Psychological Treatments in Functional Gastrointestinal Disorders

A Primer for the Gastroenterologist

Olafur S. Palsson; William E. Whitehead

Disclosures

Clin Gastroenterol Hepatol. 2012;11(3):208-216. 

In This Article

Summary and Conclusions: Advantages and Limitations of Psychological Treatment

As our summary of individual treatments demonstrates, a substantial literature supports the value of psychological treatment for patients with FGIDs. Good improvement is often seen from such treatment in patients who have shown little or no response to usual medical care. These therapies have no adverse side effects and do not cause interactions with pharmacologic treatment, making them well suited as co-therapies with medical care. Apart from improvement in symptoms, these therapies often bring patients positive outcomes including better quality of life, enhanced emotional well-being and life functioning, improved coping with the illness, and lessened healthcare and medication needs. The prospects of such improved well-being and functional outcomes are sufficient benefits to warrant referrals for these therapies for some patients.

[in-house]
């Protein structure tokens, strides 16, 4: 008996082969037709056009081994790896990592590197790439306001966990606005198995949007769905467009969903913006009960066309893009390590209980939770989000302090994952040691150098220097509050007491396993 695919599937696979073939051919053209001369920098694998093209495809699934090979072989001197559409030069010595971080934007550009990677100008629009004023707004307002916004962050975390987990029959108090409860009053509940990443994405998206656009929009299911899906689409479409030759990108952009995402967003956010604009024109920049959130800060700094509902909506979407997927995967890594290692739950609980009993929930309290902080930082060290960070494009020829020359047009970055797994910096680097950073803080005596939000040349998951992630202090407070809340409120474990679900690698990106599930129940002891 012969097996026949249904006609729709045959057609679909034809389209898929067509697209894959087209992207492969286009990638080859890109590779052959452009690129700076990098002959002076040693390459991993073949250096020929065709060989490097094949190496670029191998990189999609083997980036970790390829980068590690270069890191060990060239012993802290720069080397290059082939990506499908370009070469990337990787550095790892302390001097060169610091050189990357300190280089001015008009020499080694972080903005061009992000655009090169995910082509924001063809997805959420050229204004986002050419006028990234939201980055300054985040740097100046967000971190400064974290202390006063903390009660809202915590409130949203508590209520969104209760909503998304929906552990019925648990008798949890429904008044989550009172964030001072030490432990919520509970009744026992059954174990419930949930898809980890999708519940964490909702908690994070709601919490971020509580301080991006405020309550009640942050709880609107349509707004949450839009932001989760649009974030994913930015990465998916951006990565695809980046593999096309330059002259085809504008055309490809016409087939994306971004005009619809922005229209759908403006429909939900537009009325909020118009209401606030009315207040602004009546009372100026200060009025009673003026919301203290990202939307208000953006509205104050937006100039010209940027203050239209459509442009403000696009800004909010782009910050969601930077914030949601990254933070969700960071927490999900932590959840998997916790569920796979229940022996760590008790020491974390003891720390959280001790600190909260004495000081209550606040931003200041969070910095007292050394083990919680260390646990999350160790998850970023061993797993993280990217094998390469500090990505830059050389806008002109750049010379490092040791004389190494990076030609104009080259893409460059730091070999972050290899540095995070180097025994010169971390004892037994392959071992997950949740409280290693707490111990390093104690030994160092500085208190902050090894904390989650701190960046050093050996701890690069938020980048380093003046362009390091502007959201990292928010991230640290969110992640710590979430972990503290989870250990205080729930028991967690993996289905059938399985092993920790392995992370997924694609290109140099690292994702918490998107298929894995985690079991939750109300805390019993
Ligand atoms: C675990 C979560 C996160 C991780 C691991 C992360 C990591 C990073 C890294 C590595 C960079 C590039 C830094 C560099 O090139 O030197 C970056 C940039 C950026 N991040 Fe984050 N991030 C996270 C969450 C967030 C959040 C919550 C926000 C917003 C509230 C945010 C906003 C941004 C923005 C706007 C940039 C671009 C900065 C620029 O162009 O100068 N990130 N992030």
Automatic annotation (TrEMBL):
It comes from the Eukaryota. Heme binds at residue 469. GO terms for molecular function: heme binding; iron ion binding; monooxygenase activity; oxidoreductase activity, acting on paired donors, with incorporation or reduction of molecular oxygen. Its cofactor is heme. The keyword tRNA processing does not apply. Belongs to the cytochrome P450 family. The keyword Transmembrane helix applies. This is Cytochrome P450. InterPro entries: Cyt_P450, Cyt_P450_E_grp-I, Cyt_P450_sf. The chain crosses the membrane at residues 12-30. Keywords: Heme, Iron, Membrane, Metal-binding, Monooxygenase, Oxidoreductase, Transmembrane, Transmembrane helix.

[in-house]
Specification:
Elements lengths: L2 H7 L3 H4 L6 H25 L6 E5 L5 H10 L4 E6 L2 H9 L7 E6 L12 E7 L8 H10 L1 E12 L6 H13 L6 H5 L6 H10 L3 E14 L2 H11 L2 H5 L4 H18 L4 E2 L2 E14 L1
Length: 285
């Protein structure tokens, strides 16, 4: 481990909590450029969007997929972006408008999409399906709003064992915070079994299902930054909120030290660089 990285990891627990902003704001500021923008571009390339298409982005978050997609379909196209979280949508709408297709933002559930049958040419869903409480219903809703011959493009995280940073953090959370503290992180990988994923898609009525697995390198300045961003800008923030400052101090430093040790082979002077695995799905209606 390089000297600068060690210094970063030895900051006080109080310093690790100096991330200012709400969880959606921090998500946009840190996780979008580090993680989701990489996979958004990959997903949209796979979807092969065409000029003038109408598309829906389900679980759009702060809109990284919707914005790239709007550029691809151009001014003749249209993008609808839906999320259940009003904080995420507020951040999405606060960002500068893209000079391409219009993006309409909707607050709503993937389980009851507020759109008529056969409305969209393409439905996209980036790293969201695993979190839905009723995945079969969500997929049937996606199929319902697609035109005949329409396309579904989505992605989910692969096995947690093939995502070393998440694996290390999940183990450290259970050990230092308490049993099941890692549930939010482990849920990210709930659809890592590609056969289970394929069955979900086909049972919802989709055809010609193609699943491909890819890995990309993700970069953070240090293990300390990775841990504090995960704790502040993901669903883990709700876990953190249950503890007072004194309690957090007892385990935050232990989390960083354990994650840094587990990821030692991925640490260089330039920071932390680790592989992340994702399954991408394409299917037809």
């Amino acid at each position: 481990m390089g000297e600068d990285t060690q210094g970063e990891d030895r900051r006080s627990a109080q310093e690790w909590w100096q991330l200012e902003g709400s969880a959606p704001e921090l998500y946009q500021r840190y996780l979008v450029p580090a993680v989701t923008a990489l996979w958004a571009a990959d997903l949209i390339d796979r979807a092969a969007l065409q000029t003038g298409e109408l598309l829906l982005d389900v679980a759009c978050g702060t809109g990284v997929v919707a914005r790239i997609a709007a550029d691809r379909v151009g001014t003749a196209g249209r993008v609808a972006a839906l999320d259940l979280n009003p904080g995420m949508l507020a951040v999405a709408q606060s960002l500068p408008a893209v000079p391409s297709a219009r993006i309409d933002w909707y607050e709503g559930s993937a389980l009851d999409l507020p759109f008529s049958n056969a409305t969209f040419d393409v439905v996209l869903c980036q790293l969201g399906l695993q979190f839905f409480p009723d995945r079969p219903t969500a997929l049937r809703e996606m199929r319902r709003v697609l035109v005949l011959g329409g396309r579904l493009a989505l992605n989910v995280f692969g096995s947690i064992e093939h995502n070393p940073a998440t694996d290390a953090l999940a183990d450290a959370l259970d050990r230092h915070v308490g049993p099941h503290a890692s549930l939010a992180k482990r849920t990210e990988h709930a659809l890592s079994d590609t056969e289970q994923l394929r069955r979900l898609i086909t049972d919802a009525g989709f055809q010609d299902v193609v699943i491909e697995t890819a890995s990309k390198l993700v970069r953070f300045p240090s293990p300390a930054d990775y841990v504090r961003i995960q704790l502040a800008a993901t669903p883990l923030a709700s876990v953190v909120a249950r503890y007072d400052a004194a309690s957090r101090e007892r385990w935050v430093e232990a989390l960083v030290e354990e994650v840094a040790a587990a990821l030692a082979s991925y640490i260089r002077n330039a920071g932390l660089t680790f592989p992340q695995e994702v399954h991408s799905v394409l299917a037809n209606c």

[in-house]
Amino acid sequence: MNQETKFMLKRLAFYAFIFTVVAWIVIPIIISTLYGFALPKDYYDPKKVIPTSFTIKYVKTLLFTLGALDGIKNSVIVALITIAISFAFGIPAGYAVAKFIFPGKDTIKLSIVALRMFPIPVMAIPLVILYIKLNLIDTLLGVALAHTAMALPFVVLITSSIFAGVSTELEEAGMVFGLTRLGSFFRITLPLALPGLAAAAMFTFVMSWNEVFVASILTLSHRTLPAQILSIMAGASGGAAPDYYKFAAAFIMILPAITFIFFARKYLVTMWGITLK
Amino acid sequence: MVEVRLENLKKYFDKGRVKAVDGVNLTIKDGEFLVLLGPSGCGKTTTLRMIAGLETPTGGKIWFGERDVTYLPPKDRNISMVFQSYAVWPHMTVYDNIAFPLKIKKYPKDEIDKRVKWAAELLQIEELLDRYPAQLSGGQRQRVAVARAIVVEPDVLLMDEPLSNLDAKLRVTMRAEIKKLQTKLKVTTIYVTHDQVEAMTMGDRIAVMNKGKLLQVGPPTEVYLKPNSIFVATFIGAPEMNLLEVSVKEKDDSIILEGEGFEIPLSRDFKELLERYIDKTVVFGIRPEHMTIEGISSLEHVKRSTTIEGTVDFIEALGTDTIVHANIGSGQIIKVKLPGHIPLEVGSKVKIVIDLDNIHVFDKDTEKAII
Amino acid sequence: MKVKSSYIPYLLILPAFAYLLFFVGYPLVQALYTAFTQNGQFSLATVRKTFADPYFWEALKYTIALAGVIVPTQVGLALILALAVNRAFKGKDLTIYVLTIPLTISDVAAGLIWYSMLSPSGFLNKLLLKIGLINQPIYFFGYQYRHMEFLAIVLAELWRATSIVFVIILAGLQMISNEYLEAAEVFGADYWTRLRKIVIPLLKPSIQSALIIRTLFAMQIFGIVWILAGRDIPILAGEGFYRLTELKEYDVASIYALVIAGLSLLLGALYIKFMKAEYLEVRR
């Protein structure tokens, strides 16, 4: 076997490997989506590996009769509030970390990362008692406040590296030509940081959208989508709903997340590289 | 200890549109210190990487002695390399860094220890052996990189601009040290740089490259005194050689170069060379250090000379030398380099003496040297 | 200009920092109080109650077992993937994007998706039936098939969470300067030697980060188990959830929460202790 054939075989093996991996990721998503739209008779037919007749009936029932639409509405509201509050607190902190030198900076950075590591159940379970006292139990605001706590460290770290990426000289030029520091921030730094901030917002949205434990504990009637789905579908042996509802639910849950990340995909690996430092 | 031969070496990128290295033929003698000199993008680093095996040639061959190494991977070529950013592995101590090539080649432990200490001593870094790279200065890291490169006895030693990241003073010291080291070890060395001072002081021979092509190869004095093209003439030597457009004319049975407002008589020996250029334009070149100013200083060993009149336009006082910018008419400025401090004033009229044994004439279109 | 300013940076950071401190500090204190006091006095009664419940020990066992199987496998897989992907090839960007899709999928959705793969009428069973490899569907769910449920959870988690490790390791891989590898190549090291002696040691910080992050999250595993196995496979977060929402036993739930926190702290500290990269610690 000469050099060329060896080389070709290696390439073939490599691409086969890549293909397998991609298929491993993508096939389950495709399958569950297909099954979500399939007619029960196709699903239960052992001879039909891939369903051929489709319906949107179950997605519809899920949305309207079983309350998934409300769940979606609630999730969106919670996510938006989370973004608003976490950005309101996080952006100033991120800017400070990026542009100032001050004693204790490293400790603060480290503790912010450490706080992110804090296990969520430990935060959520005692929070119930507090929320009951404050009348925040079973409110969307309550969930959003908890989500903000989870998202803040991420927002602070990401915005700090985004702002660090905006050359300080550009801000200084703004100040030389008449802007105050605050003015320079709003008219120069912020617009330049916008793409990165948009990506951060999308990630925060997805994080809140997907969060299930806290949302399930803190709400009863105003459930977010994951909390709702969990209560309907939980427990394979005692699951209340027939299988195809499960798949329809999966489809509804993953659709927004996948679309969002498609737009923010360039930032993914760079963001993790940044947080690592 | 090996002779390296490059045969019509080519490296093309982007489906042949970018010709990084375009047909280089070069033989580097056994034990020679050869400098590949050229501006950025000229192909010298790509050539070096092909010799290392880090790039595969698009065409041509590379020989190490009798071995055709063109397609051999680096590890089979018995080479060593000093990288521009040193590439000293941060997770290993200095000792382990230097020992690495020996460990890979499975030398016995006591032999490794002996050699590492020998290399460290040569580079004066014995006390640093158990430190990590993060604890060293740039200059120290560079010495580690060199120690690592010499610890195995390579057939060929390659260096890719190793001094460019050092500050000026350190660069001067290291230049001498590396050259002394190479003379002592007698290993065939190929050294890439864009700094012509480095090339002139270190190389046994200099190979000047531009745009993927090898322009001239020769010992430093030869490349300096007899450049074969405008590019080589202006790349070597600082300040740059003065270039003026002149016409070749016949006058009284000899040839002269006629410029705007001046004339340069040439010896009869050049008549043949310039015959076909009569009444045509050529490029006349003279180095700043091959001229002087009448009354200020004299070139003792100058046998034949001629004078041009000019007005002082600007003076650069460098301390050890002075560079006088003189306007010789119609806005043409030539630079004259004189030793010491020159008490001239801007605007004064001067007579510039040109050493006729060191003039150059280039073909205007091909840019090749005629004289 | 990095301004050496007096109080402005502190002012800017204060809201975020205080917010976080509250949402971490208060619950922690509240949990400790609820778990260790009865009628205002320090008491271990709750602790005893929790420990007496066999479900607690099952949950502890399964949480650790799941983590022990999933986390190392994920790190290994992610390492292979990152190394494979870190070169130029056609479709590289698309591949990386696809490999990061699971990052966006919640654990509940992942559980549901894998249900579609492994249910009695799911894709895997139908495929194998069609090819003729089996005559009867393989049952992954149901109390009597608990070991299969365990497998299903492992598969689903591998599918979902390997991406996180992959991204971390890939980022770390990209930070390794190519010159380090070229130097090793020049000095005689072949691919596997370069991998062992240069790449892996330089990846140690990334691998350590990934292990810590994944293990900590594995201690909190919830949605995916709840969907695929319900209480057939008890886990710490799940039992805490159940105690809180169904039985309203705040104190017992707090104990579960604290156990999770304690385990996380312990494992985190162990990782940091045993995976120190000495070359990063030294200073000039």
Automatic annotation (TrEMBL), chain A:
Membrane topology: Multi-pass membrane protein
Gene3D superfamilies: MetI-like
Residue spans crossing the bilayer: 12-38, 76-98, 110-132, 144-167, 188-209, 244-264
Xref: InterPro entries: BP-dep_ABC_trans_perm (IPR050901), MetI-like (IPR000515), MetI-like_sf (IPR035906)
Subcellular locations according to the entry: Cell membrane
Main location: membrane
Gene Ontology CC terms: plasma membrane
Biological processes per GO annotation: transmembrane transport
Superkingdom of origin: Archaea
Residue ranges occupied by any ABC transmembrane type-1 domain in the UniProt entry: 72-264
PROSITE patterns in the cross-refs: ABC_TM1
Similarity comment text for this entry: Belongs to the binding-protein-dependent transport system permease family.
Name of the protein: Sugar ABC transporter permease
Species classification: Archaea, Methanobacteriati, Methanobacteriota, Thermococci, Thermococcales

There are limitations and challenges to the use of psychological treatments in FGIDs, however. For good success, referrals for such treatment require good therapeutic alliances between doctor and patient, reassurance, and education. It may be hard to find therapists in some areas who are skilled in the particular therapy modalities with best evidence of effectiveness for particular FGIDs. Also, the amount of effort and motivation required of patients to make use of psychological treatments may make them unsuitable for some individuals. Insurance reimbursement for psychological therapies for FGIDs is variable and not available in all insurance plans, so cost may be an obstacle for some patients.

In addition to these limitations that are common to all the treatment modes, the various treatments also have different challenges. The idea of hypnosis treatment may cause wariness in some patients because of the common misconceptions about hypnosis in mass media and the general culture. CBT generally depends heavily on homework assignments and therefore requires diligent and self-motivated patients for the best results. Biofeedback is more invasive than the other forms of psychological treatment, and some patients may be uncomfortable with use of intrarectal sensors. Finally, the research to date has only identified effective psychological treatments for a few of the many FGIDs. Despite all of these limitations, the current state of knowledge clearly indicates that psychological treatment should be considered for the subgroup of FGID patients who do not gain satisfactory symptom relief from usual gastroenterology management and for whom it is likely to significantly improve their clinical outcomes.

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